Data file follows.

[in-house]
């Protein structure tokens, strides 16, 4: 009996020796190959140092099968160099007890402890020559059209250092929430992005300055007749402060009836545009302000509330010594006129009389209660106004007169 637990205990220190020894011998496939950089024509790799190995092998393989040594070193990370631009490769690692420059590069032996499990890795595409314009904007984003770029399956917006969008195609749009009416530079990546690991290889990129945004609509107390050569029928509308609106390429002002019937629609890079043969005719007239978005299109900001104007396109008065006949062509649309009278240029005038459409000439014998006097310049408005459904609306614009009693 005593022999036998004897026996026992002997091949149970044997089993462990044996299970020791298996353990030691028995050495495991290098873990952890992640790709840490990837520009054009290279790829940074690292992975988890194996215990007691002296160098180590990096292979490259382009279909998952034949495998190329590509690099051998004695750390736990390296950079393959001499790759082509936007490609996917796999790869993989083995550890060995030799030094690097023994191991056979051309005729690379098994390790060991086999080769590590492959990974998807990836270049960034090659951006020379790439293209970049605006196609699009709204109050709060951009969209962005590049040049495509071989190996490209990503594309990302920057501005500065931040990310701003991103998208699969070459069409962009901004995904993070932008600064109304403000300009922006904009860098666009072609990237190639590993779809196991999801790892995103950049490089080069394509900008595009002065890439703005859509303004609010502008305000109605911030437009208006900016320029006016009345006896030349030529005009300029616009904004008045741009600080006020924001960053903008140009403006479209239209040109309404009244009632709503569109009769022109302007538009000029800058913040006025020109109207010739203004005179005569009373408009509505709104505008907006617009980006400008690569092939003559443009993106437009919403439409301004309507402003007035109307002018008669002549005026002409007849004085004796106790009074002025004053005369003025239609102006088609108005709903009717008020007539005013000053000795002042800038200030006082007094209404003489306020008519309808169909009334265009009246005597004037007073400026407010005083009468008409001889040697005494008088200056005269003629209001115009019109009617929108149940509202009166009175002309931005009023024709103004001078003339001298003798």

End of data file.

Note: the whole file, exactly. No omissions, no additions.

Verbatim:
[in-house]
């Protein structure tokens, strides 16, 4: 009996020796190959140092099968160099007890402890020559059209250092929430992005300055007749402060009836545009302000509330010594006129009389209660106004007169 637990205990220190020894011998496939950089024509790799190995092998393989040594070193990370631009490769690692420059590069032996499990890795595409314009904007984003770029399956917006969008195609749009009416530079990546690991290889990129945004609509107390050569029928509308609106390429002002019937629609890079043969005719007239978005299109900001104007396109008065006949062509649309009278240029005038459409000439014998006097310049408005459904609306614009009693 005593022999036998004897026996026992002997091949149970044997089993462990044996299970020791298996353990030691028995050495495991290098873990952890992640790709840490990837520009054009290279790829940074690292992975988890194996215990007691002296160098180590990096292979490259382009279909998952034949495998190329590509690099051998004695750390736990390296950079393959001499790759082509936007490609996917796999790869993989083995550890060995030799030094690097023994191991056979051309005729690379098994390790060991086999080769590590492959990974998807990836270049960034090659951006020379790439293209970049605006196609699009709204109050709060951009969209962005590049040049495509071989190996490209990503594309990302920057501005500065931040990310701003991103998208699969070459069409962009901004995904993070932008600064109304403000300009922006904009860098666009072609990237190639590993779809196991999801790892995103950049490089080069394509900008595009002065890439703005859509303004609010502008305000109605911030437009208006900016320029006016009345006896030349030529005009300029616009904004008045741009600080006020924001960053903008140009403006479209239209040109309404009244009632709503569109009769022109302007538009000029800058913040006025020109109207010739203004005179005569009373408009509505709104505008907006617009980006400008690569092939003559443009993106437009919403439409301004309507402003007035109307002018008669002549005026002409007849004085004796106790009074002025004053005369003025239609102006088609108005709903009717008020007539005013000053000795002042800038200030006082007094209404003489306020008519309808169909009334265009009246005597004037007073400026407010005083009468008409001889040697005494008088200056005269003629209001115009019109009617929108149940509202009166009175002309931005009023024709103004001078003339001298003798």